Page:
What Makes A Better Breakfast?

It isn’t very surprising that a sugary snack isn’t as filling as a healthier alternative, but did you know that the same foods can differ in how satisfying they are, simply because you prepared them differently? Let’s look at breakfasts. Oatmeal is a classic – hearty, filling, and nutritious, it ticks all the boxes and can keep you satisfied for hours. If on Monday you ate a bowl of oatmeal and fruit, and on Tuesday you went with a quick and easy bowl of cereal, you’d feel the urge to start snacking much earlier than on Monday morning. 

What causes such discrepancies between two breakfasts of equal volume? The first culprit is sugar, which cereal – even a lot of those which purport to be healthy – is loaded with. When consumed, sugar is converted into glucose within minutes, which raises blood and heart pressure and increases mental awareness. Your taste receptors release feel-good hormones which provide the addictive sugar high, but these pleasant effects wear off quickly as the body begins to process the glucose in an attempt to eliminate it from the bloodstream, a process which results in the creation of insulin. However, insulin overproduction leads to low blood glucose, which causes mood swings, sudden energy slumps and negatively affected sleep, earning the name ‘sugar crash’. Imagine enduring this cycle every morning! No wonder you want a big lunch and plenty of snacks throughout your day.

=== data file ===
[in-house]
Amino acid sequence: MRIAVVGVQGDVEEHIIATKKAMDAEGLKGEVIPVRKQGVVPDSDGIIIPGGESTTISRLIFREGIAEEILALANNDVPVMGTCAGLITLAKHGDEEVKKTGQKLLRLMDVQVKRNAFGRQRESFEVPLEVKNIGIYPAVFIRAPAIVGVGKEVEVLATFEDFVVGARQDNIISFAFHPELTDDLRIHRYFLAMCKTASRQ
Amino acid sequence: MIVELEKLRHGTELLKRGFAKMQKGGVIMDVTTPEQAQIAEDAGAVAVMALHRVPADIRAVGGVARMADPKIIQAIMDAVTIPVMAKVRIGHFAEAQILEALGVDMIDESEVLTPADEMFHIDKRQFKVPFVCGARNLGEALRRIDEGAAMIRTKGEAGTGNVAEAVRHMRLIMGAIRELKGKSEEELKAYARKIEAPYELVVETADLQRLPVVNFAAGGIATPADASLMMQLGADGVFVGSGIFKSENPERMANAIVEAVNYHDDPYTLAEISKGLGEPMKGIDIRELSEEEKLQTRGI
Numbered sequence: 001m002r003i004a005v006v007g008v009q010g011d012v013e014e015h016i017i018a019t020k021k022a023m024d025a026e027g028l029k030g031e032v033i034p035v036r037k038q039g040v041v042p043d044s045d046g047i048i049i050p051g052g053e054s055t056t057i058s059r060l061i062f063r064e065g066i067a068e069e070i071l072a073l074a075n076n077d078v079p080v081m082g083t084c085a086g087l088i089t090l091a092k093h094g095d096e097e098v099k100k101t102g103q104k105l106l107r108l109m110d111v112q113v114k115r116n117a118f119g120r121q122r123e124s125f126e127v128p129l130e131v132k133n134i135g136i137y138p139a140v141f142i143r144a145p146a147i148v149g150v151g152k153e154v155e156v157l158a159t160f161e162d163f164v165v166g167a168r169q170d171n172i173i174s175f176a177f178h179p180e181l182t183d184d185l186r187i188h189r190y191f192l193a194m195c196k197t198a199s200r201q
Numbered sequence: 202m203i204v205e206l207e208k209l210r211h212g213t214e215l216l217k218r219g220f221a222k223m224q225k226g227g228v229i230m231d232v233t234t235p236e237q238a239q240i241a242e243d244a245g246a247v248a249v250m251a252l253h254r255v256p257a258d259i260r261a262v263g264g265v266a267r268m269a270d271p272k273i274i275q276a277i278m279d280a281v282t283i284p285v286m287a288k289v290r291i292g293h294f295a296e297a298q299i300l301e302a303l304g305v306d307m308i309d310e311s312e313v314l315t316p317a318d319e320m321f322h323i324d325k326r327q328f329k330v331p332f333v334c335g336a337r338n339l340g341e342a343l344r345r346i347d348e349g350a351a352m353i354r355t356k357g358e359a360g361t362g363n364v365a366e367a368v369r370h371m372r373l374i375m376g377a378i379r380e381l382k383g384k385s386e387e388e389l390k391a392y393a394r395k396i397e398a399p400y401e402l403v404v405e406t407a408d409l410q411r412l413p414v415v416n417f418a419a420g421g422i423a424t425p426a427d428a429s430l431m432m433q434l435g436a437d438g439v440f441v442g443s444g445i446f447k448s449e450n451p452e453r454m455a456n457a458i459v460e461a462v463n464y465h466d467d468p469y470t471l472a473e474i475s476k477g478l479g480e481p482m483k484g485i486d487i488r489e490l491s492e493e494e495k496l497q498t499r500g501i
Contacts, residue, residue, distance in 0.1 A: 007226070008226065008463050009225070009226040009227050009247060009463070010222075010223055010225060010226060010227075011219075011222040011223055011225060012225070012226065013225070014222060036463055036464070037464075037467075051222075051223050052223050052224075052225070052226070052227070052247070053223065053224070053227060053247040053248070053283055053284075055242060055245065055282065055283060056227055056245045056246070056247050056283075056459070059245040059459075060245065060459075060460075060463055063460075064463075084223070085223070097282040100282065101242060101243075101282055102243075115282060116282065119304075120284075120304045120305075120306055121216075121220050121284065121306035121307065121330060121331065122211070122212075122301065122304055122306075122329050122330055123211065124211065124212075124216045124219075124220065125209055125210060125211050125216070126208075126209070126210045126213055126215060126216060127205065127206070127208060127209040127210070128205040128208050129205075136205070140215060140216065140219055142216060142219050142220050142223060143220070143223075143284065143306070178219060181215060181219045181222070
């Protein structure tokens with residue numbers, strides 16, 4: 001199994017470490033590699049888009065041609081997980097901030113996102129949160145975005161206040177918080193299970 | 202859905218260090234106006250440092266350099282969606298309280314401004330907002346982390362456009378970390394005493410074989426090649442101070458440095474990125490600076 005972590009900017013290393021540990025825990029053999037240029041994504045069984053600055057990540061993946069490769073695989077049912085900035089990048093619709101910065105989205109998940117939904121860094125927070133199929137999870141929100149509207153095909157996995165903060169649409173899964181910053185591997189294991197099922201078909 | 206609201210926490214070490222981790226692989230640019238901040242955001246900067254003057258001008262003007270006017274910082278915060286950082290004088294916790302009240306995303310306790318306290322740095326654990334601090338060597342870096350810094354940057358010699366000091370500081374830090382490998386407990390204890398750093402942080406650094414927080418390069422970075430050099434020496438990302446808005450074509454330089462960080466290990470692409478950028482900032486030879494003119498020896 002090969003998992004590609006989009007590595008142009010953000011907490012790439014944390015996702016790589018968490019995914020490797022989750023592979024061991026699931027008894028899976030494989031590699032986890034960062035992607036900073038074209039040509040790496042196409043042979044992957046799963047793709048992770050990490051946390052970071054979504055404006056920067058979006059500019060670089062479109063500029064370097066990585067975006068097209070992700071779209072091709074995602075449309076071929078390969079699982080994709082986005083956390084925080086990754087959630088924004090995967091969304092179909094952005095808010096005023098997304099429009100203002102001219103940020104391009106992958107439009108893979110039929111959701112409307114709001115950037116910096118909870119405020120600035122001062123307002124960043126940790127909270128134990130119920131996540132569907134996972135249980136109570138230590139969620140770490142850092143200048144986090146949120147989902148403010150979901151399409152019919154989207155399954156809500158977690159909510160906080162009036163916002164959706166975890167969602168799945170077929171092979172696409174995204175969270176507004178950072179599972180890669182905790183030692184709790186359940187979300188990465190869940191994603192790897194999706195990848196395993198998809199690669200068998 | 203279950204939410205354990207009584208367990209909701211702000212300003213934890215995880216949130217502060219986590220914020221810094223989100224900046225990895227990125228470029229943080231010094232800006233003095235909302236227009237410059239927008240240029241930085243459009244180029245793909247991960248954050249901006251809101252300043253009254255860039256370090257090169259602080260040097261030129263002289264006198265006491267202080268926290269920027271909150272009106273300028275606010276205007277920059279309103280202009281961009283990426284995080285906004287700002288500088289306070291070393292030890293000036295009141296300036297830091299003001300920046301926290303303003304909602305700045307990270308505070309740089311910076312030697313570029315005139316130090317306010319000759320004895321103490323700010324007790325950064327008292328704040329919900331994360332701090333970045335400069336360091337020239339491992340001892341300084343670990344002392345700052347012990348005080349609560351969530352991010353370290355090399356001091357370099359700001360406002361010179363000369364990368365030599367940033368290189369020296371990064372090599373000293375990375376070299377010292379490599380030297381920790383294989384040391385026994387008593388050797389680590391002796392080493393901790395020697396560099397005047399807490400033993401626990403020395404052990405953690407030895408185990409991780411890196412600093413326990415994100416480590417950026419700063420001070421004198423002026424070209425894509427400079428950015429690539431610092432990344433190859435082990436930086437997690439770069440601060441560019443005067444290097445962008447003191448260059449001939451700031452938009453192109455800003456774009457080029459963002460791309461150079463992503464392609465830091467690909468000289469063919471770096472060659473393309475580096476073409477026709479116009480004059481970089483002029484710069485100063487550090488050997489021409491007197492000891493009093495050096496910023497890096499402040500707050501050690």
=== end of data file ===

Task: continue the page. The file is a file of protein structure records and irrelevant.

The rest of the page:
The second factor is carbohydrates – the more overly processed the carb, the faster it is absorbed, which isn’t necessarily a good thing. For an example, let’s pit bread against spaghetti. Both are made from wheat and neither contain added sugar. It stands to reason, then, that consuming the same amount of calories of each would produce the same effect on the body, yes? No. The former is a higher-glycaemic food, while the latter is lower-glycaemic. Spaghetti, while undergoing a certain amount of processing, is at the end of the day a uniformly dense portion of wheat carbs, while bread contains many tiny air bubbles, which means the body can break it down much faster. So while the longer-to-digest spaghetti strands provide the body with a sustained, slow rose in blood sugar, the speedily broken-down bread provides a spike in blood sugar, which leads to an insulin spike and a ‘sugar crash’ – even though you didn’t consciously eat any sugar! This crash then drives the blood sugar levels down, triggering a hunger response, which then leads to the cravings and the ingestion of additional calories, and if more high-glycaemic foods are eaten, this leads to a vicious cycle.

 The end goal for any persons seeking to keep themselves full for longer, would be to actively consume foods that have been processed as little as possible, and contain little to no added sugar, encompassing most fresh fruits and vegetables, good sources of protein, and foods that are in as whole a state as possible. In carbohydrate form, this would be choosing brown rices, breads and wheat products, choosing wholegrain and high fibre labelled items, and eating smaller portions of dense, whole foods rather than large portions of finely processed foods. Oatmeal is perfect for this – a smaller portion is both lower in calories and carbohydrates, and yet will provide the body with such a sustained release of energy as to control insulin production, blood glucose levels, excess calorie intake, and provide the body with essential nutrients, making oats the perfect breakfast choice.

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